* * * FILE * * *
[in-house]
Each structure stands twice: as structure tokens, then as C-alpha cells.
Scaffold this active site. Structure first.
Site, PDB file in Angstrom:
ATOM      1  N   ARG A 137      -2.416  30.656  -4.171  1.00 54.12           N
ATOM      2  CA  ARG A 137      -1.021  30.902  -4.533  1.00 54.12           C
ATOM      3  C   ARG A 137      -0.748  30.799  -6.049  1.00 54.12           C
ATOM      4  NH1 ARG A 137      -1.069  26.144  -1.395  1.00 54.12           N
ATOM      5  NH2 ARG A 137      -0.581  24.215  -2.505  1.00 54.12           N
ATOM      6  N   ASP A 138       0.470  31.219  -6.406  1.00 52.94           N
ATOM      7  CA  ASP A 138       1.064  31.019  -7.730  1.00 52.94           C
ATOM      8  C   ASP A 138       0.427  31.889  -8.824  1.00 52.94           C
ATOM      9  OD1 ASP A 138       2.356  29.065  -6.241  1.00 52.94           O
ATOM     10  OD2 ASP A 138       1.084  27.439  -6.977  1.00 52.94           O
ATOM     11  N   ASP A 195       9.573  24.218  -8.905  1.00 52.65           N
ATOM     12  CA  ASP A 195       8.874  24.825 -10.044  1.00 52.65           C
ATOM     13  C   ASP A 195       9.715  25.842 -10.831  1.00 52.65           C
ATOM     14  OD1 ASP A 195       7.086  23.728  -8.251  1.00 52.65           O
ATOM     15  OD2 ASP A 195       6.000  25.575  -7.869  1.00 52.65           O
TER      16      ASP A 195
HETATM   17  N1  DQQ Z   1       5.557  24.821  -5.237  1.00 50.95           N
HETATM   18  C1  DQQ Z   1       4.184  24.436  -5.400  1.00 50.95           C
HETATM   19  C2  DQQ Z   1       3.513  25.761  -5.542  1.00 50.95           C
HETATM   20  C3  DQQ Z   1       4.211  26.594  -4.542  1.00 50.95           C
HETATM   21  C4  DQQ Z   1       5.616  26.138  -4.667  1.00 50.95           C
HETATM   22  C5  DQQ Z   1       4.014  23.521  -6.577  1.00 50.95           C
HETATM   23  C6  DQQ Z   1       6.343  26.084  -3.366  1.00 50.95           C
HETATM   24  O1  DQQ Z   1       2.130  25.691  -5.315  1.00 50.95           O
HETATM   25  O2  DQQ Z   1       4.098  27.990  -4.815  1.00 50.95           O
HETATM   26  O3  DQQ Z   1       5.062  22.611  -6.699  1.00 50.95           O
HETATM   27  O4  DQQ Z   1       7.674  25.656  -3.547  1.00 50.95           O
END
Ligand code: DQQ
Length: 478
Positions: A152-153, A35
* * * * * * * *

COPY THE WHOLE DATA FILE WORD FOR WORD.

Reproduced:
[in-house]
Each structure stands twice: as structure tokens, then as C-alpha cells.
Scaffold this active site. Structure first.
Site, PDB file in Angstrom:
ATOM      1  N   ARG A 137      -2.416  30.656  -4.171  1.00 54.12           N
ATOM      2  CA  ARG A 137      -1.021  30.902  -4.533  1.00 54.12           C
ATOM      3  C   ARG A 137      -0.748  30.799  -6.049  1.00 54.12           C
ATOM      4  NH1 ARG A 137      -1.069  26.144  -1.395  1.00 54.12           N
ATOM      5  NH2 ARG A 137      -0.581  24.215  -2.505  1.00 54.12           N
ATOM      6  N   ASP A 138       0.470  31.219  -6.406  1.00 52.94           N
ATOM      7  CA  ASP A 138       1.064  31.019  -7.730  1.00 52.94           C
ATOM      8  C   ASP A 138       0.427  31.889  -8.824  1.00 52.94           C
ATOM      9  OD1 ASP A 138       2.356  29.065  -6.241  1.00 52.94           O
ATOM     10  OD2 ASP A 138       1.084  27.439  -6.977  1.00 52.94           O
ATOM     11  N   ASP A 195       9.573  24.218  -8.905  1.00 52.65           N
ATOM     12  CA  ASP A 195       8.874  24.825 -10.044  1.00 52.65           C
ATOM     13  C   ASP A 195       9.715  25.842 -10.831  1.00 52.65           C
ATOM     14  OD1 ASP A 195       7.086  23.728  -8.251  1.00 52.65           O
ATOM     15  OD2 ASP A 195       6.000  25.575  -7.869  1.00 52.65           O
TER      16      ASP A 195
HETATM   17  N1  DQQ Z   1       5.557  24.821  -5.237  1.00 50.95           N
HETATM   18  C1  DQQ Z   1       4.184  24.436  -5.400  1.00 50.95           C
HETATM   19  C2  DQQ Z   1       3.513  25.761  -5.542  1.00 50.95           C
HETATM   20  C3  DQQ Z   1       4.211  26.594  -4.542  1.00 50.95           C
HETATM   21  C4  DQQ Z   1       5.616  26.138  -4.667  1.00 50.95           C
HETATM   22  C5  DQQ Z   1       4.014  23.521  -6.577  1.00 50.95           C
HETATM   23  C6  DQQ Z   1       6.343  26.084  -3.366  1.00 50.95           C
HETATM   24  O1  DQQ Z   1       2.130  25.691  -5.315  1.00 50.95           O
HETATM   25  O2  DQQ Z   1       4.098  27.990  -4.815  1.00 50.95           O
HETATM   26  O3  DQQ Z   1       5.062  22.611  -6.699  1.00 50.95           O
HETATM   27  O4  DQQ Z   1       7.674  25.656  -3.547  1.00 50.95           O
END
Ligand code: DQQ
Length: 478
Positions: A152-153, A35